The movie makes some minor changes for the better.  In the book, Torrey goes to meet Jere for the first time in years and oddly, Jere is not cold toward him and is enthused about being in PTs.  The estrangement and coldness of the relationship in the movie makes more sense, but then Mayes has Jere remarking about not wanting to go in harm’s way and enlisting to get a leg up for his future career.  He becomes a toady for Owynn in the movie and then changes on a dime.  The movie follows the book as far as Gavabutu is concerned, which is a shame because Bassett disappointingly has the whole secret, daring plan being anti-climactic because the Japanese were withdrawing anyway.  The final battle in the movie is substantially simplified.  In the book, there are actually two battles since there are two Japanese fleets.  The first is what the movie depicts and it’s fairly close.  However, in the book, Torrey is in the second battle.  This is also where the Yamato is.  This battle includes three baby carriers and their torpedo bombers, but no PT-boats.  The pummeling Torrey’s fleet takes is realistic, but could not be portrayed in a 1960s movie.  The same characters die and in similar ways.  Torrey ends up on the hospital ship with Maggie.

HISTORICAL ACCURACY:  The book was not meant to be accurate.  It does not even claim to be “based on a true story”.  There was a destroyer that escaped from Pearl Harbor during the attack.  But the captain of the USS Alywin did not come as close to getting on board as the USS Cassidy’s.  Old Swayback is based on USS Salt Lake City which was away at the time of the attack as part of the USS Enterprise task force returning from Wake Island.  The force did sortie from Pearl to search for the Japanese fleet and did encounter submarines, but the Salt Lake City was not hit.  Gavabutu is vaguely reminiscent of Guadalcanal.  There were paramarines in the Pacific, but there were no parachute drops.  The final two battles are clearly based on the Battle of Leyte Gulf in 1944.  The first is based on the Battle of Surigao Strait.  This was the battle where an American fleet of old battleships “crossed the T” on a Japanese fleet heading for the invasion fleet off Leyte in the Philippines.  The second is based on the Battle off Samar.  In this case, a powerful Japanese fleet led by the Yamato surprised a ragtag American fleet based on escort carriers.  The carriers’ planes and the destroyers and escort destroyers (there were no cruisers) put up an amazing fight, but took losses similar to the book.  Unbelievably, the Japanese (including the Yamato) did snatch defeat from the jaws of victory and turned away when they had clearly won.

CONCLUSION:  Those who read this blog might recall that I have a belief that movies based on novels should be better than the novel.  In this case, Wendell Mayes had a best-selling novel to adapt.  He could take that foundation and improved on it.  In some ways he did, the Eddington arc makes more sense.  Torrey’s awkward relationship with his son is an improvement.  However, overall the book is better than the movie.  This is particularly true of the romance between Torrey and Maggie.  It is a welcome change from the usual.  The Torrey of the book is no ladies man and in fact, is shy and awkward around women.  He is embarrassingly lovestruck at times.  He’s not John Wayne.  Maggie is even more fascinating.  She’s a feisty old maid.  The banter between them always has her leading.  Patricia O’Neal was shortchanged when most of this dialogue was eliminated.  The movie invents the collusion between Jere and Owynn and that is a misstep.  The main superiority of the novel is the final battle.  Bassett does an outstanding job setting it up and then depicting the pure chaos of modern warships battering each other.  As the book points out, it’s not like you can run away or even surrender.  Once superior warships with bigger guns and longer range zero in on you, you are royally fucked.   A 1965 war movie did not have the ability to recreate that scenario.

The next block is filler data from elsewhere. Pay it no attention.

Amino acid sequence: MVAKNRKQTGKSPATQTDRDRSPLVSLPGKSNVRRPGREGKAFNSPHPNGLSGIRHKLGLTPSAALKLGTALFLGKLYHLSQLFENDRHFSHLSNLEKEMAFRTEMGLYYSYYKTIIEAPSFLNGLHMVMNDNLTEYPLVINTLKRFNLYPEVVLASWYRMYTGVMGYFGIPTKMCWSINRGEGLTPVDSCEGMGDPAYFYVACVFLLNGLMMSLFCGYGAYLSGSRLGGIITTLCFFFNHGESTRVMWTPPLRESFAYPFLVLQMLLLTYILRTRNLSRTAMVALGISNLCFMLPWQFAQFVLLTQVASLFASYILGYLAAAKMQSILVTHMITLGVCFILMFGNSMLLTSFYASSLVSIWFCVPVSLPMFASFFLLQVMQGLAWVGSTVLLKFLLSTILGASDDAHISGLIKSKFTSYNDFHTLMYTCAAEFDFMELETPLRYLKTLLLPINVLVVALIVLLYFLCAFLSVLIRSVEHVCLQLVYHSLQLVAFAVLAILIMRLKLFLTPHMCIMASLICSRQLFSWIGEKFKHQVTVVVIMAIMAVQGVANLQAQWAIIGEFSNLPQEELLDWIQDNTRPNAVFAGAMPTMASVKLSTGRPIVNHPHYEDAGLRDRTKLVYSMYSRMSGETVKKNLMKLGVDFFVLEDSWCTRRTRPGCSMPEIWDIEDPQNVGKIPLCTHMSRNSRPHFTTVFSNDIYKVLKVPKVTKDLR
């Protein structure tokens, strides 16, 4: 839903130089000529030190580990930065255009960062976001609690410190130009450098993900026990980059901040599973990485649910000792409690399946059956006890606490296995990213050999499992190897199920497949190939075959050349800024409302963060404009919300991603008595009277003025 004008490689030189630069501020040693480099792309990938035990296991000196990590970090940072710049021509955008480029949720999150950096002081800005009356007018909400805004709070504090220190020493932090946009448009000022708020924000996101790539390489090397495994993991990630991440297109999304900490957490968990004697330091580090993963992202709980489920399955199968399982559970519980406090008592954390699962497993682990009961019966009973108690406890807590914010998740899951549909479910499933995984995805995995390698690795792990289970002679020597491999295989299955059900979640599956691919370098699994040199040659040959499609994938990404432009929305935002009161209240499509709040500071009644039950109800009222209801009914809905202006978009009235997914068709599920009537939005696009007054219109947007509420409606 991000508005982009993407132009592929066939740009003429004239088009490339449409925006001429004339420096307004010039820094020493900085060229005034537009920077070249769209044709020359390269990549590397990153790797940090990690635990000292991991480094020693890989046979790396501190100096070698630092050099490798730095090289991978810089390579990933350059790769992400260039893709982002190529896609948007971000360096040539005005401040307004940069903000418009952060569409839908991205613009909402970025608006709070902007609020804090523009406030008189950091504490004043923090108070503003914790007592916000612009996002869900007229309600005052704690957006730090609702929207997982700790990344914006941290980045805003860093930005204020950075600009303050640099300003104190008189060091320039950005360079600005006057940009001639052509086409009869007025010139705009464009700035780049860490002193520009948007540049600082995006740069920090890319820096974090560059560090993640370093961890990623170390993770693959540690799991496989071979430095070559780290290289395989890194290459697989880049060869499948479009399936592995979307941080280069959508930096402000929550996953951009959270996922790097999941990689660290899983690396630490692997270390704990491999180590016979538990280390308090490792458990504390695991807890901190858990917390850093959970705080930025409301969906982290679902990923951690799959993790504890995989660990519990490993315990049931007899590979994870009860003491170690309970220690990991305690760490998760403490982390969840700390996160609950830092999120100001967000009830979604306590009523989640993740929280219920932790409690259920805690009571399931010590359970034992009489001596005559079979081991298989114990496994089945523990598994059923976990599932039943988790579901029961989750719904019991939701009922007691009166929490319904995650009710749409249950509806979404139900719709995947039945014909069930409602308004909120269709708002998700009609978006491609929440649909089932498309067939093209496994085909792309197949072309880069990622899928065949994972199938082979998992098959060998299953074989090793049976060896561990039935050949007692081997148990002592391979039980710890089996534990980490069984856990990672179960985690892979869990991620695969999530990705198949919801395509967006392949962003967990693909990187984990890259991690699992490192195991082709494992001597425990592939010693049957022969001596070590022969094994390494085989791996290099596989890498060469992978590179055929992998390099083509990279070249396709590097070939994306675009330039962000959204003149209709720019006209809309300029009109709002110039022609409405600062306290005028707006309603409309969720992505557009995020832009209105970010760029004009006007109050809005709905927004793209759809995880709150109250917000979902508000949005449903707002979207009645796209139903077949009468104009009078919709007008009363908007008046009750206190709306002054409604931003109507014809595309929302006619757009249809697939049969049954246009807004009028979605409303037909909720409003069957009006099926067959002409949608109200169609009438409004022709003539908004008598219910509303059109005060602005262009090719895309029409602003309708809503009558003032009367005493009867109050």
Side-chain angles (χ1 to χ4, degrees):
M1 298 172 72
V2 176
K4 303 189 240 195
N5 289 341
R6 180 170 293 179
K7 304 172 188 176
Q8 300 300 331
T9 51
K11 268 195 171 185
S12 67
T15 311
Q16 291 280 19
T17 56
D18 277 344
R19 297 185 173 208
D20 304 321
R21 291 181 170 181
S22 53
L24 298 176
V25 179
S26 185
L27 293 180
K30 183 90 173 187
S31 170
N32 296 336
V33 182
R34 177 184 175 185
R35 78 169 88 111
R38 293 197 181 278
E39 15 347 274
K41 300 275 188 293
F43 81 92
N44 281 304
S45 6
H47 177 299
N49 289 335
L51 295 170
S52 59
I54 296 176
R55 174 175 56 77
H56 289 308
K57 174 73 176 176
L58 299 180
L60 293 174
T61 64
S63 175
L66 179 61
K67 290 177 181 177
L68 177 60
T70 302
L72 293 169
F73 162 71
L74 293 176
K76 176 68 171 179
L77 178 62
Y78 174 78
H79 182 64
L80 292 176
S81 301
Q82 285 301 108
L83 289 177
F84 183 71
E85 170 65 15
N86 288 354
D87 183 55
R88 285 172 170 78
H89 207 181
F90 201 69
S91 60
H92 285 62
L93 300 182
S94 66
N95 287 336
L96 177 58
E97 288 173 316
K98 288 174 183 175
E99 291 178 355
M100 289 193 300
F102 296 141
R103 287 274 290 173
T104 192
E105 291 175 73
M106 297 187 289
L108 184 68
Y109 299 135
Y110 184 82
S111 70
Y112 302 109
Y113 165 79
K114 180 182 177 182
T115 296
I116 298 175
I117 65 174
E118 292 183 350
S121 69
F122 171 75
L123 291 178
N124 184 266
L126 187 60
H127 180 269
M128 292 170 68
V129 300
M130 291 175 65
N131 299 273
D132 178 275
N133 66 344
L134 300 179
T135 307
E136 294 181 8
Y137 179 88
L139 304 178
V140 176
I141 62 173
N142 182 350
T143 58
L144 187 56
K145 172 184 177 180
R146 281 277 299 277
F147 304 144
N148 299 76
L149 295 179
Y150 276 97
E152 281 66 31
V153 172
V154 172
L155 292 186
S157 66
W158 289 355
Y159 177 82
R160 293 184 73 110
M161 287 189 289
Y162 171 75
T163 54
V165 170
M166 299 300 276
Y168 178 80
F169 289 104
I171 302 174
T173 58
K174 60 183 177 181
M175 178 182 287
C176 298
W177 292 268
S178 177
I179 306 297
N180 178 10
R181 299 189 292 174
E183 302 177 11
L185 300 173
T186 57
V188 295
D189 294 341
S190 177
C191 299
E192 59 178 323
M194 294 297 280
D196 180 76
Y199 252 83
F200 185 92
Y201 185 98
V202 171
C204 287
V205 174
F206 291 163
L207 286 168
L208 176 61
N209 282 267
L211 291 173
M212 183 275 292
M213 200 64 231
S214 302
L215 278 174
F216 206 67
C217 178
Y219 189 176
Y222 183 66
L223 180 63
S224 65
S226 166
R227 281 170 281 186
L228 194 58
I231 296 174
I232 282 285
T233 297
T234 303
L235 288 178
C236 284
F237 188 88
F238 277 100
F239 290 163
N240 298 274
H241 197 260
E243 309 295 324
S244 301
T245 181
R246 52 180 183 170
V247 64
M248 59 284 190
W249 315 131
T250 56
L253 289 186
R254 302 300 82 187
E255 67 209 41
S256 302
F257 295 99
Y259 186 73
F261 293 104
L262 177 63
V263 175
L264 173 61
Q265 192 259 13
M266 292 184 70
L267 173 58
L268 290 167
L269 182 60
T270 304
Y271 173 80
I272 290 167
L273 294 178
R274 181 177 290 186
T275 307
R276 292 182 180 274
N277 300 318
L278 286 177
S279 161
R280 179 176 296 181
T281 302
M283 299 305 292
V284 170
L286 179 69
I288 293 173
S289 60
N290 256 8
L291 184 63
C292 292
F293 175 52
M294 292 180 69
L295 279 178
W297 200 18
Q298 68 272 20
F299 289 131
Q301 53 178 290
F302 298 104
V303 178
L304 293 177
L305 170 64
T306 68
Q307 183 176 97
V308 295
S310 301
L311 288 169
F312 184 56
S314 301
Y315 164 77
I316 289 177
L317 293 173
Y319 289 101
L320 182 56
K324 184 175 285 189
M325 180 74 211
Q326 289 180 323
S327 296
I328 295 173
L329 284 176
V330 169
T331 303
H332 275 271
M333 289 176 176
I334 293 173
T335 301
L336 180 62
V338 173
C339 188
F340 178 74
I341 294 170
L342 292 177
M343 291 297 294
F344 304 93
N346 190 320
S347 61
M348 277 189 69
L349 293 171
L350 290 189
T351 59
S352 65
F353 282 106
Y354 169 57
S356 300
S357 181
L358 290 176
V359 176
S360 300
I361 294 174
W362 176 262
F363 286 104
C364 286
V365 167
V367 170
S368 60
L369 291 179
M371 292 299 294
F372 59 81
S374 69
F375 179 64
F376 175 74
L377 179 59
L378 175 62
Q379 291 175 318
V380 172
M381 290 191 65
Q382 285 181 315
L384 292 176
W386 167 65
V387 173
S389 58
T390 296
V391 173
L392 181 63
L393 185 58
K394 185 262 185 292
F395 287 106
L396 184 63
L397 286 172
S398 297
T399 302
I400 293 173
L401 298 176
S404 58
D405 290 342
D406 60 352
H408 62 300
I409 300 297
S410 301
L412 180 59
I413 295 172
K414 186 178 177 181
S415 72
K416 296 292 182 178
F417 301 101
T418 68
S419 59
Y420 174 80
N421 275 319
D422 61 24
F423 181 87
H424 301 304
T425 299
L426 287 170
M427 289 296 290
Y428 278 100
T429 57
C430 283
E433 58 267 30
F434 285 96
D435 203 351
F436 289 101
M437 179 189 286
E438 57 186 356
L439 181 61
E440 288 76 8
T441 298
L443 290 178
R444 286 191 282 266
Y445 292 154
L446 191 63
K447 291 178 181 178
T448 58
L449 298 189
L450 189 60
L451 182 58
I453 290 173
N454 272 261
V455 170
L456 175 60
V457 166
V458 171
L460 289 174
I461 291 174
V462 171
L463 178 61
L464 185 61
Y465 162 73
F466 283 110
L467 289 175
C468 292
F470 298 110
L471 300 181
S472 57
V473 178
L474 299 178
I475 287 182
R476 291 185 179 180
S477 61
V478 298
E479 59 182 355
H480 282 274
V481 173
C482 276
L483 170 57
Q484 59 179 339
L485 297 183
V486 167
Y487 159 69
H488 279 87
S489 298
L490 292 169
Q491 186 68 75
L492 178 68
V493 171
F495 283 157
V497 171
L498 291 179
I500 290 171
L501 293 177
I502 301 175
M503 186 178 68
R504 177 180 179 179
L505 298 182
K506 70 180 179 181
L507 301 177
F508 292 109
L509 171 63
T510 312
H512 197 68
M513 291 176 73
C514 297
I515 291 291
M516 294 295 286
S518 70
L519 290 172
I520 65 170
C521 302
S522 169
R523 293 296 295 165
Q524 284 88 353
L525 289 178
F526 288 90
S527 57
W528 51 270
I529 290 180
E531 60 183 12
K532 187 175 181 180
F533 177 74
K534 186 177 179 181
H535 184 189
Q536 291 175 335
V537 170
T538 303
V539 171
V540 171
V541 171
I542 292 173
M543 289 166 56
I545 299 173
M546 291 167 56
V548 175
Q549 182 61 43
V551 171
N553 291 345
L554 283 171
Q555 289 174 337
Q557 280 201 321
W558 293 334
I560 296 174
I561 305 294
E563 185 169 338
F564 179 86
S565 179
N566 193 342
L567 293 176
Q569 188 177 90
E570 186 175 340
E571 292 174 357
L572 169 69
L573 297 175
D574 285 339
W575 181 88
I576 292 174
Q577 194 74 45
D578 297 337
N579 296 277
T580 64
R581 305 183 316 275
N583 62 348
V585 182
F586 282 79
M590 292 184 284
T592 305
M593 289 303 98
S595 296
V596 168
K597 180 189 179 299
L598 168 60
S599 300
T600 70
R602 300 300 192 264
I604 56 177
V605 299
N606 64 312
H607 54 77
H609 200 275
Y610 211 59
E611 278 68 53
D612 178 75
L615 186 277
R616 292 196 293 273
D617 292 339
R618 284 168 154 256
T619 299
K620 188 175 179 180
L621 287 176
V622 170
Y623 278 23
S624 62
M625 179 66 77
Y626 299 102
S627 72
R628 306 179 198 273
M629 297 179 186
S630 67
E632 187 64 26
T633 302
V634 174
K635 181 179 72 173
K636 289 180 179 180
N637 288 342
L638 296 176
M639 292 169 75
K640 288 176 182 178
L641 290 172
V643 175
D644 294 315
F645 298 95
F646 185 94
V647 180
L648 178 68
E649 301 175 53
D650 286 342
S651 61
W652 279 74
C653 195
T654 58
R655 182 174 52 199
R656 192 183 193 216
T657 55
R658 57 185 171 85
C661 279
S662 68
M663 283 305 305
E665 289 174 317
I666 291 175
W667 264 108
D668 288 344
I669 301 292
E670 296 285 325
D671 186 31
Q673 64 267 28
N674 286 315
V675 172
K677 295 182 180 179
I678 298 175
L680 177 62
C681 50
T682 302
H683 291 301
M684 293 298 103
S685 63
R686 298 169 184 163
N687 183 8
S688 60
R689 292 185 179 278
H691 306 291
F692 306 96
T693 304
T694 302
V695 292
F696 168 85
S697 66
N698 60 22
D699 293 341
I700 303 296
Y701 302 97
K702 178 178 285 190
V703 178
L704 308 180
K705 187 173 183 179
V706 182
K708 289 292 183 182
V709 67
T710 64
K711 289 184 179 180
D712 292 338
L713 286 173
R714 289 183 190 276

I had enjoyed the movie when I was a kid and then we I rewatched it for this blog a few years ago, I turned full circle and gave it a scathing review.  This recent viewing, paired with reading the novel, has boosted my appreciation of the film.  The book is good and the movie is faithful in screening it.  It’s still not a very good movie, but it is hard to do naval war movies well.

GRADES:  Book  =  B
                                            Movie  =  C 


  1. Once Wayne was cast as Torrey, it was inevitable that the character would have to be a confident and totally competent hero. The problem with A-list stars is that the characters have to conform to the star's image, rather than the actor having to conform to the character.

    I could see James Stewart as a hero who was shy and awkward with women. Or, if it had been made a few years earlier, Gary Cooper.

    So, in the book, Jere is enthused about being in the PT's? In They Were Expendable, Wayne's character grumbles about being assigned to a patrol torpedo boat unit. Presumably, destroyers or aircraft carriers were the place for upwardly mobile officers.

    But then, Lt. John F. Kennedy was OIC of PT 109 during the war, and he went on to have a fairly successful career in politics.

  2. Contrast Wayne with Douglas, who was willing to play against type. I remember Wayne chastised him for playing Vincent Van Gogh in "Lust for Life". Douglas was a much better actor. BTW Douglas was surprised when Wayne suggested him for the role considering their political beliefs were polar opposites. To see this, watch the excellent movie "Trumbo". They got along well on set and went on to make two more movies together - Cast a Giant Shadow and The War Wagon.